The agency now proposes changes to this system but the changes focus almost exclusively on importers who bring product into the U.S. for sale through traditional distribution channels. The agency seeks to establish a system under which every certificate of an imported product must be filed electronically with Customs at least 24 hours before the product is presented for entry into the United States. The proposed regulation also expands the data requirements of the certificates, and imposes on common carriers, such as Federal Express and UPS, the requirement to file (and be responsible for the accuracy of) certificates when they act as importers of record for their clients. The agency also proposes to build the capability to “look” at every shipment entering the U.S. and would fund the increased staff that this will take by imposing a fee on importers. I have discussed these issues in the past.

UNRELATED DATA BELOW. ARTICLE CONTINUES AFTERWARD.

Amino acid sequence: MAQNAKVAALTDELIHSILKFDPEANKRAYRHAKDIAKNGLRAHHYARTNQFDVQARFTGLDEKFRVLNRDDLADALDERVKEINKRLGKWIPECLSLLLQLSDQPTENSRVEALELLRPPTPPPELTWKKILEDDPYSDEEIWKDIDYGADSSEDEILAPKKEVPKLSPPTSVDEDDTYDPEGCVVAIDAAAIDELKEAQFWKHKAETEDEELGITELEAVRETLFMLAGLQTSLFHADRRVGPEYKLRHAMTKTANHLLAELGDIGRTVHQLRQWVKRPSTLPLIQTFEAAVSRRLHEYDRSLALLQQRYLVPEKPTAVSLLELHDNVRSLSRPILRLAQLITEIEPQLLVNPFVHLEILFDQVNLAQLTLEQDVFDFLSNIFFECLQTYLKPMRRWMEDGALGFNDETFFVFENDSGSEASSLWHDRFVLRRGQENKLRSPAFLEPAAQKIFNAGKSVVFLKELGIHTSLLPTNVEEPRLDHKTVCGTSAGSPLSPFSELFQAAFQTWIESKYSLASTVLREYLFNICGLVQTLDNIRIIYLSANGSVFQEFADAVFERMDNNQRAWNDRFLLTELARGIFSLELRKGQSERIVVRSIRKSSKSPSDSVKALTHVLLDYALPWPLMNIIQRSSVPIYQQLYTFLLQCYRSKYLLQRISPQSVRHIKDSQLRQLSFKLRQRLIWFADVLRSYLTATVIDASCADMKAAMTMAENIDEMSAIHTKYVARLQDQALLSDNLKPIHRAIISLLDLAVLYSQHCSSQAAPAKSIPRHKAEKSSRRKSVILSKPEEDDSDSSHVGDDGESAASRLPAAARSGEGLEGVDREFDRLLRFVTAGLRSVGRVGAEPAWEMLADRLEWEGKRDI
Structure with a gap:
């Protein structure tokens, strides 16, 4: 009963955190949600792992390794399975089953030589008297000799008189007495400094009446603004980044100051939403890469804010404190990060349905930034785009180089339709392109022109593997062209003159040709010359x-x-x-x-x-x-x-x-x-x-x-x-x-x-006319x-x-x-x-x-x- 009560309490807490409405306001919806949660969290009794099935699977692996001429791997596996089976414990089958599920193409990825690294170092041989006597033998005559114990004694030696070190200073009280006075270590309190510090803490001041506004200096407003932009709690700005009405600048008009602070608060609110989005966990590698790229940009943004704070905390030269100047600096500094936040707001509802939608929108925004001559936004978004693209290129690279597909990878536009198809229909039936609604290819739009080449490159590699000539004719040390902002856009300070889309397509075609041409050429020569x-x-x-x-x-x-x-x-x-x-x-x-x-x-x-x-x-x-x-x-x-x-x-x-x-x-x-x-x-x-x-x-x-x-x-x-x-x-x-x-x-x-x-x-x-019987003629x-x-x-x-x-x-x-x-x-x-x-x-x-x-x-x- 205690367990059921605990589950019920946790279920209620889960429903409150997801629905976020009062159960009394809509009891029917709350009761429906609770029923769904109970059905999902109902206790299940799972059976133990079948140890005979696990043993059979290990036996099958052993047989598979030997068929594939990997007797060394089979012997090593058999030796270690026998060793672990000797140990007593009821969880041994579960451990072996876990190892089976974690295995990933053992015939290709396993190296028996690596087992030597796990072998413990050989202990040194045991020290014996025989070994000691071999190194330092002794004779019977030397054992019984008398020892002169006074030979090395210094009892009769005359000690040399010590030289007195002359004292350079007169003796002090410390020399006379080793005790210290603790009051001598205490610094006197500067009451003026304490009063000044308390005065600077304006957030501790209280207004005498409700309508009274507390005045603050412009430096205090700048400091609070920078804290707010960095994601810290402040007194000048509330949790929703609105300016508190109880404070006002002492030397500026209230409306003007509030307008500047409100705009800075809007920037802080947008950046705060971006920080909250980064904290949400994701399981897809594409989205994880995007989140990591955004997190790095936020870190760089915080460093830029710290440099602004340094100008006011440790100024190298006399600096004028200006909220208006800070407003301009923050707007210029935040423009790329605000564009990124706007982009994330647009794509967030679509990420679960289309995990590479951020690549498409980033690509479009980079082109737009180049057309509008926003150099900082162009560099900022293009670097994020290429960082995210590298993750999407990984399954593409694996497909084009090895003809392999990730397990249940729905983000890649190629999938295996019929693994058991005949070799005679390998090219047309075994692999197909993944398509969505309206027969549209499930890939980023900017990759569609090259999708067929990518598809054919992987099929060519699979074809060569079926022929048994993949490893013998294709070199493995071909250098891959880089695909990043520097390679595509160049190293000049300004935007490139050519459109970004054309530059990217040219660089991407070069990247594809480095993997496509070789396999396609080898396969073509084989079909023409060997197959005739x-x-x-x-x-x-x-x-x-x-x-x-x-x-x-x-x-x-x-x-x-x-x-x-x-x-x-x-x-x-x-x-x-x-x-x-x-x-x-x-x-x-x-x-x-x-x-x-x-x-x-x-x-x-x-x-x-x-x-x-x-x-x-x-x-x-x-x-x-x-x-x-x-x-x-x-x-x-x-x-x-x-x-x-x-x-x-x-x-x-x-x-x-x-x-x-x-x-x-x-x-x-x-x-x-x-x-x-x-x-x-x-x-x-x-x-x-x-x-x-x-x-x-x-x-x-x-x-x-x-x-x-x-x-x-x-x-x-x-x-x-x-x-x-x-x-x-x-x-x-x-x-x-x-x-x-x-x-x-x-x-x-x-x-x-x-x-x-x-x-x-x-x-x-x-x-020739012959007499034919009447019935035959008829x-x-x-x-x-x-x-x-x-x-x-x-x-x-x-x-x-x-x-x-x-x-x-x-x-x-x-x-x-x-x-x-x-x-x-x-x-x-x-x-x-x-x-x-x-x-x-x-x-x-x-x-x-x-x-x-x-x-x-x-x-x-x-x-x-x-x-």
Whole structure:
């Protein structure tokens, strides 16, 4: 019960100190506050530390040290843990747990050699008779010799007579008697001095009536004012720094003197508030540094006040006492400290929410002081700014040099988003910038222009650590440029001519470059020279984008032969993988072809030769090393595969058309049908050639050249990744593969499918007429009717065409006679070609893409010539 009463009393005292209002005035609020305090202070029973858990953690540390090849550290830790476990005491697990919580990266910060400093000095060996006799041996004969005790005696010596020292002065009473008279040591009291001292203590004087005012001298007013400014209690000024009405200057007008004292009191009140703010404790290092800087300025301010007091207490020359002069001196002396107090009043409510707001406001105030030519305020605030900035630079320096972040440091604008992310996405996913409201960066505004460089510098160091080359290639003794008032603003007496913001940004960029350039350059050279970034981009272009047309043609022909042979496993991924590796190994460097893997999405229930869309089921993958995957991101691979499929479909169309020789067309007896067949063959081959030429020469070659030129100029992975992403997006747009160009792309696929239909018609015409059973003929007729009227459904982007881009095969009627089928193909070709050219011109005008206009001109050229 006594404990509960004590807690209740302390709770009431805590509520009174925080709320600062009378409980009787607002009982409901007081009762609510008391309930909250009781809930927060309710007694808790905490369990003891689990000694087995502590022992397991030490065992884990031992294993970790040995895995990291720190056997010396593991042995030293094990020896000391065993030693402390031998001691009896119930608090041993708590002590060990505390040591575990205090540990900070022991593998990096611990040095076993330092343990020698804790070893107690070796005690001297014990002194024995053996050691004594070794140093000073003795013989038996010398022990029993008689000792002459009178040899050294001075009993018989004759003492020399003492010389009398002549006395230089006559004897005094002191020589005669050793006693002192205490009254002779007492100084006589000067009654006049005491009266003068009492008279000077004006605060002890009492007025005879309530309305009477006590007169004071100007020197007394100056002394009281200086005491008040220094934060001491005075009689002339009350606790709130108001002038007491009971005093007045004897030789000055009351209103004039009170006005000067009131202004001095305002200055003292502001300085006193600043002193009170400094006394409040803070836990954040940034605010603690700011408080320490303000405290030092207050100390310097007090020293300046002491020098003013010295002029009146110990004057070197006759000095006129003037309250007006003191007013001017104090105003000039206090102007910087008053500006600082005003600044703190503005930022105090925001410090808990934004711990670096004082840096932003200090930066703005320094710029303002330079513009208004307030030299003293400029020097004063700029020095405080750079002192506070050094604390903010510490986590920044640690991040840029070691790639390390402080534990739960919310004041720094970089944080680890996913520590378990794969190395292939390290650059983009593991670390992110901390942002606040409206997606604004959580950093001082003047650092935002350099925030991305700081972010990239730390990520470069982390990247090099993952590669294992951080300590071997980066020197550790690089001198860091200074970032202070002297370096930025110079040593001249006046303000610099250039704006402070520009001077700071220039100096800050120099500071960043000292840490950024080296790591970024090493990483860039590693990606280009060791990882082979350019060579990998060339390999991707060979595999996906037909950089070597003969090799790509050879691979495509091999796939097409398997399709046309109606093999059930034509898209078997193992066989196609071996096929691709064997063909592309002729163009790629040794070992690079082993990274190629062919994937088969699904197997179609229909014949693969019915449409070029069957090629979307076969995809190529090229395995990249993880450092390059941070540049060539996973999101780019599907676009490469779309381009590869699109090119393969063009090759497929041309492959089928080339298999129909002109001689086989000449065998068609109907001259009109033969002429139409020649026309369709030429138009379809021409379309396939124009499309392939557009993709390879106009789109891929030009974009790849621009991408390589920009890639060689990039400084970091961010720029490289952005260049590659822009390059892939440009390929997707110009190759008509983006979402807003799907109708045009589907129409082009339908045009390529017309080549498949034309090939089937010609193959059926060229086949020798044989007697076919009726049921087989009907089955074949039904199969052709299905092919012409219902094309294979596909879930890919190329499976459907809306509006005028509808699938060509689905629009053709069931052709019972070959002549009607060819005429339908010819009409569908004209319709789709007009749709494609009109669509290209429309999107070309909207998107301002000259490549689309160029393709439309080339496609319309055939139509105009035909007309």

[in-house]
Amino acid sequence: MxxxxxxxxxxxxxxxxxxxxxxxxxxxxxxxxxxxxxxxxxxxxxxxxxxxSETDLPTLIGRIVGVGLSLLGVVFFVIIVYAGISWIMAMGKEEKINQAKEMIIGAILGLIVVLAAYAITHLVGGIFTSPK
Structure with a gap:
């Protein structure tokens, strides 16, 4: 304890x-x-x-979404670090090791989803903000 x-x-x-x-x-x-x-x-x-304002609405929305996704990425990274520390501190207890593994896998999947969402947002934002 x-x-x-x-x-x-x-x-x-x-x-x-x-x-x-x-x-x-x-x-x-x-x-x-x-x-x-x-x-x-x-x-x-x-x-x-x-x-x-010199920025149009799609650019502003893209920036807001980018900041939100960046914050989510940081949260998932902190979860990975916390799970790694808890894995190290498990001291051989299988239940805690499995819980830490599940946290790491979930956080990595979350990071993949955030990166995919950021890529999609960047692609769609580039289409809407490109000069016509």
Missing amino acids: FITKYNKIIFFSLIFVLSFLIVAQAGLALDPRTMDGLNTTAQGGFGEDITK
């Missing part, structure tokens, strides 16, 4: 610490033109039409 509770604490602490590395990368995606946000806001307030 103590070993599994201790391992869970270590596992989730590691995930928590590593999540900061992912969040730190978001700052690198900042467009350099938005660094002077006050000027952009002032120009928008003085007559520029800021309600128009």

While this proposal certainly increases the regulatory reach of the CPSC, I am not certain that it actually increases the safety of the marketplace. I question the effectiveness—and the fairness–of imposing on UPS the job of policing the safety practices of the global supply chain. I do not understand why billions of certificates for perfectly safe products need to be retained under penalty of law for years when much of the same information is required to be retained under other CPSC regulations. I do not understand why expensive new computer and administrative systems have to be established by importers to file these certificates with Customs when it is unlikely that the vast majority of certificates will ever be looked at by the CPSC. I do not understand why the agency wishes to upset a system that seems to be working—except to scratch the itch to push its regulatory boundaries (and, perhaps, its budget as well).